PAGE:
Acrylic paintbrushes require care and attention, especially when it comes to cleaning them after you’re finished with the painting.
Unlike watercolors, acrylic paints have a tendency to stick to the brushes, which can cause long term damage and render even the most expensive brushes useless.
Today we’re going to look into the causes of such damages, and help you avoid them.
First off, we’ll describe the process of getting your brush as close to the store-bought condition as possible.
Then, we’ll look into common causes of damage to your brushes, and help you mitigate these damages to the maximum extent possible. Finally, we’ll cover a few common questions you might have regarding care and cleaning. Without further ado, let’s begin!
How to Clean Acrylic Paint Brushes Step by Step
- How to Clean Acrylic Paint Brushes Step by Step
- Method 1 | No soap, simple rag/paper towel and water
- Method 2 | Soap and water-based cleaning
- Use lukewarm running water to clean the paintbrush
- Use your fingers or a fine comb to gently pinch through the bristles to get rid of paint
- Use gentle soap on the bristles of the paintbrush to clean it thoroughly
- Run the paintbrush through lukewarm water again
- Take some soap and gently swirl it on to the bristles
- Now, rinse the brush out
- Dry the brush thoroughly yet gently
- Common Pitfalls to Avoid While Dealing with Acrylic Paintbrushes
- How to Clean Acrylic Paint Brushes FAQ
Once you’re done reading this section, you won’t go back to your general methods of cleaning – for very valid reasons, too. With that in mind, next up is the walk-through.
Method 1 | No soap, simple rag/paper towel and water
Wiping the excess paint left over using a dry cloth rag or paper towel
While there’s no absolute need to perform this step, doing so can help you avoid damage later. Indeed, this step will take you some time – but that time will be well spent in caring for your brushes. Wrap the dry cloth rag or paper towel around the brush and get the excess paint out.
This has to be performed as soon as you’re finished with the painting. The only thing to keep in mind is to not delay this process under any cost – else it might be too late.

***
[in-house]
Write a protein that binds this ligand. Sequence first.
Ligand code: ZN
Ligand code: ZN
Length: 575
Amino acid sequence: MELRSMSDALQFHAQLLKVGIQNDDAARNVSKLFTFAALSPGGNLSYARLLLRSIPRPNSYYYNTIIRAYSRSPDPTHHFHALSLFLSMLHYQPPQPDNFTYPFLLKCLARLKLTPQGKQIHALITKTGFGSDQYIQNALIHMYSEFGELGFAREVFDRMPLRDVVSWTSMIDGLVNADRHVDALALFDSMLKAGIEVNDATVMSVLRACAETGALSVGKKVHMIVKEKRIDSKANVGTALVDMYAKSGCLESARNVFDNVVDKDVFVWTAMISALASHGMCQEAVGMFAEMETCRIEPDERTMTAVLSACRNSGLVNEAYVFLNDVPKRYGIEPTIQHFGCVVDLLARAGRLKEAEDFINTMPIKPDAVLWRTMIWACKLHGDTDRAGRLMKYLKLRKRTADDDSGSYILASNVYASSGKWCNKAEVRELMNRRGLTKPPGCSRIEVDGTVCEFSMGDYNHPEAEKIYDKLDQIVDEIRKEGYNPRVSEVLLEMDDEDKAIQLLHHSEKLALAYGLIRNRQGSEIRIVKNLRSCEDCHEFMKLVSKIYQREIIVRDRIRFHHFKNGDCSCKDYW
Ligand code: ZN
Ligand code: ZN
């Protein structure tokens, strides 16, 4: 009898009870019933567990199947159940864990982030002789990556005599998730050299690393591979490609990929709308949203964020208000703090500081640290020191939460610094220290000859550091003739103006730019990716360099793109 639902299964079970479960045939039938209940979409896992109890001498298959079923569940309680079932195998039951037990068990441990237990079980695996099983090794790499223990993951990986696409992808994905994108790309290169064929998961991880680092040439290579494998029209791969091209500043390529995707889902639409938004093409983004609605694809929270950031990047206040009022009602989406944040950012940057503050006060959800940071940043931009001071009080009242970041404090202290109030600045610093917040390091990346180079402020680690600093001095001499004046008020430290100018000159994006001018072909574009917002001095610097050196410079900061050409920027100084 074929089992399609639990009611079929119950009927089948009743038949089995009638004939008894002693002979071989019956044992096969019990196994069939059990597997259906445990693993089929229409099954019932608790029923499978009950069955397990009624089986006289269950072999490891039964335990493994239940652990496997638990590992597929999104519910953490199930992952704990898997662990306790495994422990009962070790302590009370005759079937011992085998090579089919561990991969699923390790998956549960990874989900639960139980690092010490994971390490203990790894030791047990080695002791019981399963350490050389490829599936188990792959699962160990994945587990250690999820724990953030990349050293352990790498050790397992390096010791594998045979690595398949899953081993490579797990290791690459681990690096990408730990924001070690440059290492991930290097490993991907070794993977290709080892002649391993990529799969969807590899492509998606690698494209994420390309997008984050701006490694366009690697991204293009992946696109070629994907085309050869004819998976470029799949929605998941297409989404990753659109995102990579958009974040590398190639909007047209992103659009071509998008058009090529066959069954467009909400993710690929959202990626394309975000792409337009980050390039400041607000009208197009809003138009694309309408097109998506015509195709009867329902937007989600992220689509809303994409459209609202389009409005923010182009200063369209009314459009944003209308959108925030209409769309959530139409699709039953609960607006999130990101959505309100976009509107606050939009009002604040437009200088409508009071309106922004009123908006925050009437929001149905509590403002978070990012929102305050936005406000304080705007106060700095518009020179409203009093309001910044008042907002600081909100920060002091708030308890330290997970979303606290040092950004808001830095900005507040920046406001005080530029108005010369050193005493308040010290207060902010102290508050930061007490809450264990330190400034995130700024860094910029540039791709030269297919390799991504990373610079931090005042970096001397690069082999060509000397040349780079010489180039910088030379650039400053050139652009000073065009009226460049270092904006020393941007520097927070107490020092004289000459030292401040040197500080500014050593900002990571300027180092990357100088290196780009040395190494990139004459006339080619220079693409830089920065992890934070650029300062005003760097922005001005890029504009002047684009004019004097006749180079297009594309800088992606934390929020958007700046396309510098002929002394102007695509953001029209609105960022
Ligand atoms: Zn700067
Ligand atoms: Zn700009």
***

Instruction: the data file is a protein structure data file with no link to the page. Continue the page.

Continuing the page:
Using a paper towel or a cloth rag, gently glide over the surface of the paintbrush
Until you notice the brush not making marks anymore, brush the bristles of the paintbrush with a paper towel or a cloth rag. You’ll remove all the excess paint this way.
Take a cup of water and swish the brush around in it until the brush is clean
You do not need to perform this step for too long, but until the time you have a significantly cleaner brush. Make sure you keep the brush straight and that the bristles do not get bent in any case. For this purpose, the water that you used while brushing (if you did use water) is good enough, you only have to get the remaining excesses out of the brush.
Method 2 | Soap and water-based cleaning
Use lukewarm running water to clean the paintbrush
Hold the paintbrush under a medium strength faucet with both the hot and cold faucets engaged, until the water is mildly warm. Hold the paintbrush for around ten seconds to rinse it, while rotating the brush so as to hit all different sides of the bristles. The pressure definitely helps you in dislodging any leftover paints from dry cleaning the paintbrush.
Use your fingers or a fine comb to gently pinch through the bristles to get rid of paint
You’re best off using a fine-toothed comb since blunt nails and fingers are not as likely to get those small pesky bits of paint out of the paintbrush. Do remember, however, that the paint isn’t yet fully clean, though it may appear to be so. Your best bet is to continue the water cleaning as described in step 1 of this method.
Use gentle soap on the bristles of the paintbrush to clean it thoroughly
Turn off all the faucets, and take some smooth, preferably pH-neutral soap (or shampoo of similar quality), and get to work with gently massaging the bristles with the soap. For larger brushes, make sure you get the soap into all the different size bristles, whether large or small.
When you’re working the soap through the paintbrush, you should get the soap to the metallic part joining the bristles and the body of the brush, known as the ferrule. The ferrule needs to be cleaned regularly, otherwise you the bristles get hardened over time and eventually the shape of the bristles of the paintbrush changes.